Author Topic: first submission. first chapter, Neo Noir, crime fiction, 1098 words  (Read 1509 times)

Offline gilbert_nathaniel

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My first attempt at writing a novella. This is a work of satire written as a serious noir piece.

1
Once a Year

“Strange!” I was roused by the voice of distress and nearly fell from my perch.

I removed my hat, sliding my feet from my desk and sitting forward all in one motion. Before me stood a tall woman with short golden hair and despite her severe expression and stressed features; she was pretty. (Even as she stared at me with fuming rage.) Her eyes were blue and her clothes were classic and formal with a knee length skirt and frilly white blouse.

“Yes Mrs. Abernathy?” I asked. I could act innocent when I desired.

“What did I tell you about sleeping, having hats in school, and putting your feet on your desk?” She was angry, but I admired the way she held it at bay.

“Um….. Don’t?” I am a master of banter.

“That is right.” She relieved me of my hat. “Now get back to your write-offs.” With that she traveled back to her desk. I wouldn’t call it walking. It is something else; when she is angry she… travels.

Now, I may have already gotten ahead of myself. Mrs. Abernathy is my teacher, my third grade teacher. I go to Benbrook Elementary and Strange… that is my name. You see, my name is Thaddeus Phillip Strange, but because of some crazy tradition, on my mom‘s side of the family people say my name backwards.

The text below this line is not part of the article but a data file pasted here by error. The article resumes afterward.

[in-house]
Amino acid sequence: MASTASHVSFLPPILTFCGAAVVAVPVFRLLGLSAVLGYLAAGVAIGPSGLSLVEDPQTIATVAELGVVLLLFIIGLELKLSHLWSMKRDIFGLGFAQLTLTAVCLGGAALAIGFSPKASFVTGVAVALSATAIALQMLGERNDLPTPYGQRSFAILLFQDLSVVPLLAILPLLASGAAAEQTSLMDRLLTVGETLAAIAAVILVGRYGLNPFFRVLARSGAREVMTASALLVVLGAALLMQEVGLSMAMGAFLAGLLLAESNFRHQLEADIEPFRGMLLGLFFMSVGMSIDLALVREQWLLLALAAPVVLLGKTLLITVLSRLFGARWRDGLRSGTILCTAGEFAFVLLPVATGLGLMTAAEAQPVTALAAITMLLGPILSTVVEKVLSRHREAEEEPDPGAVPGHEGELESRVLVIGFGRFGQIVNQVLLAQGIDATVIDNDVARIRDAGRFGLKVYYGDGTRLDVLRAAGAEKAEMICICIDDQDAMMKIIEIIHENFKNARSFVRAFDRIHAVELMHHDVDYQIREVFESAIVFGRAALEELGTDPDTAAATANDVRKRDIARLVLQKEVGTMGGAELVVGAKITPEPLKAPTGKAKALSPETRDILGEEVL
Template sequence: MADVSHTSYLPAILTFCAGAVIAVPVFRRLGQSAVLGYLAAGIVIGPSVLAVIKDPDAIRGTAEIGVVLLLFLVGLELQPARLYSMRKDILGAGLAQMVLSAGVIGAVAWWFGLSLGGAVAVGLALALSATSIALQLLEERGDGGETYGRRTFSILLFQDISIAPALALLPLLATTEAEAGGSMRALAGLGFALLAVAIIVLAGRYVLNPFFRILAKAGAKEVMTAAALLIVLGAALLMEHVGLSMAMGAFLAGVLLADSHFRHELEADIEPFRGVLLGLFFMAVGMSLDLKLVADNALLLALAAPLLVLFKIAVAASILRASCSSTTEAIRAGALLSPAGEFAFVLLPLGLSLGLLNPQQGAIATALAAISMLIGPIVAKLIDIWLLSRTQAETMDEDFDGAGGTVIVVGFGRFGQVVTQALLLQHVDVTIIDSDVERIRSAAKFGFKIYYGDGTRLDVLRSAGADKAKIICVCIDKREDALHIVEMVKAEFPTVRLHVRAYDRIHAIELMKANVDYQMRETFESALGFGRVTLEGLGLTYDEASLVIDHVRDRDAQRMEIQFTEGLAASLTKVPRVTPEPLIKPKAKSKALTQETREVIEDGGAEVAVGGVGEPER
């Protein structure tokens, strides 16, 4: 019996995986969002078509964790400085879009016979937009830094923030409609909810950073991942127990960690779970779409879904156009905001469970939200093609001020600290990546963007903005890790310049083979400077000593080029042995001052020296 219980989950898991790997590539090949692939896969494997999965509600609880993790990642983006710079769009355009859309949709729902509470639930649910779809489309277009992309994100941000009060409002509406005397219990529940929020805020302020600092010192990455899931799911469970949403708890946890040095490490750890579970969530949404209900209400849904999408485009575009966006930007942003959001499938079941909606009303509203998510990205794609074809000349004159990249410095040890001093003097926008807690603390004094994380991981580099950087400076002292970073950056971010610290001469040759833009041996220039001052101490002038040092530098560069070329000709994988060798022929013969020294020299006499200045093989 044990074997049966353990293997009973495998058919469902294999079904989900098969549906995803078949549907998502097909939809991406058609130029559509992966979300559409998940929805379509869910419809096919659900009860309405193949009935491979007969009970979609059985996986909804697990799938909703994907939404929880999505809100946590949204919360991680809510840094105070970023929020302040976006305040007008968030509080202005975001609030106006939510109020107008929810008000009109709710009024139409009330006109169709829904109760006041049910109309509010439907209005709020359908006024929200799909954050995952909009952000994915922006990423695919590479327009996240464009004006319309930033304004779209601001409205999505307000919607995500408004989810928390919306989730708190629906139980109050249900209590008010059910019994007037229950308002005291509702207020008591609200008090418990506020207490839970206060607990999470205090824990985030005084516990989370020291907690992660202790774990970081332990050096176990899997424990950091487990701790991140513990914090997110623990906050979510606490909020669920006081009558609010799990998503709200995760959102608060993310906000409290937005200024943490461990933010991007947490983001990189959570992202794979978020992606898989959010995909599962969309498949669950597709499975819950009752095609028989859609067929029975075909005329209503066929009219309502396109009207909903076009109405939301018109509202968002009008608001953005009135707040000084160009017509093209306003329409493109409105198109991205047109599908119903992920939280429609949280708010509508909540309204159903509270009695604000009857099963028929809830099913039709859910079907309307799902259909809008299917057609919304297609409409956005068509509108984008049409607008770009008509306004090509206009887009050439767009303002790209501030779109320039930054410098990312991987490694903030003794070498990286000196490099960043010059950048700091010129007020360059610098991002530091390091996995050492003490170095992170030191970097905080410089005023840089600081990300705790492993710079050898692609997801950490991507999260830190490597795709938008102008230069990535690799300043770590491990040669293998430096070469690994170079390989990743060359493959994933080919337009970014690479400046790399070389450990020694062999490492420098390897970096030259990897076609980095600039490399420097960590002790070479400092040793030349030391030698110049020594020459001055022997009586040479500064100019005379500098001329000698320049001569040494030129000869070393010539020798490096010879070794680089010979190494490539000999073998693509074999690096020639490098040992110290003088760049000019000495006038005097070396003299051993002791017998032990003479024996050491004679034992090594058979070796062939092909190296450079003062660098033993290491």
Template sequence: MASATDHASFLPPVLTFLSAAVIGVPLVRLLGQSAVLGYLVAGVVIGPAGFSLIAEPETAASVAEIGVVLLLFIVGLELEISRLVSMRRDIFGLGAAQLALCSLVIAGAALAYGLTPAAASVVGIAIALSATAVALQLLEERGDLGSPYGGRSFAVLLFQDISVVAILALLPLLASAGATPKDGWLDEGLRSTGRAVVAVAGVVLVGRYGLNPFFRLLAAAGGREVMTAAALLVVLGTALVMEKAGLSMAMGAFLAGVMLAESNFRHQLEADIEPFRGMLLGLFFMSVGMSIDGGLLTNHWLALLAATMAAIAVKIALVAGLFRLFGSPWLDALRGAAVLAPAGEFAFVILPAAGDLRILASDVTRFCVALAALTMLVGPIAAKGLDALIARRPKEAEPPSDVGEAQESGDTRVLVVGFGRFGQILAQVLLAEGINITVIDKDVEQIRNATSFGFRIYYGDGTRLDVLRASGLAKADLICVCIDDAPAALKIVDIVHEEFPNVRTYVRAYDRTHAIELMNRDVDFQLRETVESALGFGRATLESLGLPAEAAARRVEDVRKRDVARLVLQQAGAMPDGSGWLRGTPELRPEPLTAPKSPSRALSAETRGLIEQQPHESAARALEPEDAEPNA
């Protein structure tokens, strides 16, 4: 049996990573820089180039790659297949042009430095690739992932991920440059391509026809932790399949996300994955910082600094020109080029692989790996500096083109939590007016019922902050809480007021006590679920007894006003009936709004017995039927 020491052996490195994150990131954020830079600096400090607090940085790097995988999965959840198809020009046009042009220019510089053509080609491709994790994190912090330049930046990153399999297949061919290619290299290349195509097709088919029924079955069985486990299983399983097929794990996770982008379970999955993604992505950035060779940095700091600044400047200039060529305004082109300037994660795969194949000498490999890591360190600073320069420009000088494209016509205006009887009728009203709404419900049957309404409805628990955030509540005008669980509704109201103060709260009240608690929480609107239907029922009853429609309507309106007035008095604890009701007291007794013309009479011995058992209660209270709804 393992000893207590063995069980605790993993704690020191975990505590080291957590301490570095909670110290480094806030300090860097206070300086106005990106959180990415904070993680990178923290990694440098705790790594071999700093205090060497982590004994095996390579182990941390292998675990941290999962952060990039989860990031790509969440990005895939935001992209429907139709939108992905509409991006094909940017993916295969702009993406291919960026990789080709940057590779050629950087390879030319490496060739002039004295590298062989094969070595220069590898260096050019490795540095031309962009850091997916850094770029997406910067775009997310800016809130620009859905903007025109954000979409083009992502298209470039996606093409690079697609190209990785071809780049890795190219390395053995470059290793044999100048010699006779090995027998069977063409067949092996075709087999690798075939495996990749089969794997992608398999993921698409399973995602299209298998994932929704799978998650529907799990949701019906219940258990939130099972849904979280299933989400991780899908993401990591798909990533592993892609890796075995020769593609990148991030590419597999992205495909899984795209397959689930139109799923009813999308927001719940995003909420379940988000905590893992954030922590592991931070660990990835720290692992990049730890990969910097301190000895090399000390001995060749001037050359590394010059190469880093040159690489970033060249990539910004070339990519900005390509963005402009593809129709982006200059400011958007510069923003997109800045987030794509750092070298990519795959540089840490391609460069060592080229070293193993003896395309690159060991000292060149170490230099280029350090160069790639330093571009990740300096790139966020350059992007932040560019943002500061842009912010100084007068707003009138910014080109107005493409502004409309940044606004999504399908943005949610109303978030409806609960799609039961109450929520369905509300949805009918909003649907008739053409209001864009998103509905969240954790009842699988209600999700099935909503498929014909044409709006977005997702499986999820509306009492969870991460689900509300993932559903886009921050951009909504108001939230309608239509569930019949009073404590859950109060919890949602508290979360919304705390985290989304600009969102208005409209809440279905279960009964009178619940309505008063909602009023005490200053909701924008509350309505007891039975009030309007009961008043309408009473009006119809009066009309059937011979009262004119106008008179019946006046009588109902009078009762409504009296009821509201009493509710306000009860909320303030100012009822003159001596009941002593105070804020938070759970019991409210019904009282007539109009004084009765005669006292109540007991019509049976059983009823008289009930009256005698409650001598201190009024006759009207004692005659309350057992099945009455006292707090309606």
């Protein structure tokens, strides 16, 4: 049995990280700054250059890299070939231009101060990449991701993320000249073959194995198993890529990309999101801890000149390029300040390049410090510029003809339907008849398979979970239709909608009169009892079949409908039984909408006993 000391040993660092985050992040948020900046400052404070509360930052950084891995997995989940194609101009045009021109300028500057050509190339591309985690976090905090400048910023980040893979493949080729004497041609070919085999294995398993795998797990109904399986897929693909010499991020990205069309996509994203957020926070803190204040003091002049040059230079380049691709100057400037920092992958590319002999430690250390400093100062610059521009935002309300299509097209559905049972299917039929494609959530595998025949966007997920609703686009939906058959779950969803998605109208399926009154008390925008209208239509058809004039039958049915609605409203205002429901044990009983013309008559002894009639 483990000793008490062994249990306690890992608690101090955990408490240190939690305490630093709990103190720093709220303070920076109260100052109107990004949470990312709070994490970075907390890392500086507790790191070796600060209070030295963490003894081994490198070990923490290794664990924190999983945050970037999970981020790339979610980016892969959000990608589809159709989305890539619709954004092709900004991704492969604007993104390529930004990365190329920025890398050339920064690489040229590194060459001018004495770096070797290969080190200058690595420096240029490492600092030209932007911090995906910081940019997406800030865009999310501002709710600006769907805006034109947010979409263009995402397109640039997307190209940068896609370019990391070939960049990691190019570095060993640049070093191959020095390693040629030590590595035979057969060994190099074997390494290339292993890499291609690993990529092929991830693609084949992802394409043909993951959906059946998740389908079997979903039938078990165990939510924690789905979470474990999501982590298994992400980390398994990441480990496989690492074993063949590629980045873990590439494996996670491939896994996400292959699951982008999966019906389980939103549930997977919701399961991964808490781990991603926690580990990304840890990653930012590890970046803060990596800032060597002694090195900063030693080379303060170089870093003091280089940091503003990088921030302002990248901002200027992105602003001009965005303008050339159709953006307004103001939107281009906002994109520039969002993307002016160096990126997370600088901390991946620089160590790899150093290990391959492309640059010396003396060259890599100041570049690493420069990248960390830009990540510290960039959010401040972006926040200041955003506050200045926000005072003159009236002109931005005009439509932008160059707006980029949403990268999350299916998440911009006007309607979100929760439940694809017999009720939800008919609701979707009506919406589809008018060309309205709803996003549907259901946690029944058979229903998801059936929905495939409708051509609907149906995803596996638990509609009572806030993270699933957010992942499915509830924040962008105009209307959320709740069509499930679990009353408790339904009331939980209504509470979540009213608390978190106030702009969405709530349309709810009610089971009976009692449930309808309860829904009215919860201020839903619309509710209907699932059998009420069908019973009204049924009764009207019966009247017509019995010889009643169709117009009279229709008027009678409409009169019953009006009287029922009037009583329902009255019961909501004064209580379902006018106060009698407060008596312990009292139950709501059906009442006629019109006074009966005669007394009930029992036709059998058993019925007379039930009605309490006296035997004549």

Also, I am a P.I.; don’t laugh! I’m serious! I solve cases and bust the bad guys like a cheesy eighties movie… well, not so much. A kid can dream though can’t he? Finally, I’m in trouble. I got suspended from recess for a few days for starting a food fight; so I could sneak into the cafeteria kitchen and find out what they put in the mystery meat. I was surprised to find that it is not meat. I wasn’t surprised to find out that it was not tasty.

Now I am stuck in this classroom with Mrs. Abernathy and the classmates, bless their hearts, and forced to write off the phrase; ‘I will not throw cream potatoes at anyone ever again.’ Then repeat it a bazillion times. My hand started cramping a few minutes before I tried to doze off. I mean, I figured it is not healthy to have hand cramps at nine, so I decided to take a little break, to help preserve my quality of life. Apparently the public school system felt otherwise. I was just grateful that the principal let me do my write-offs early so I could go to recess later in the day.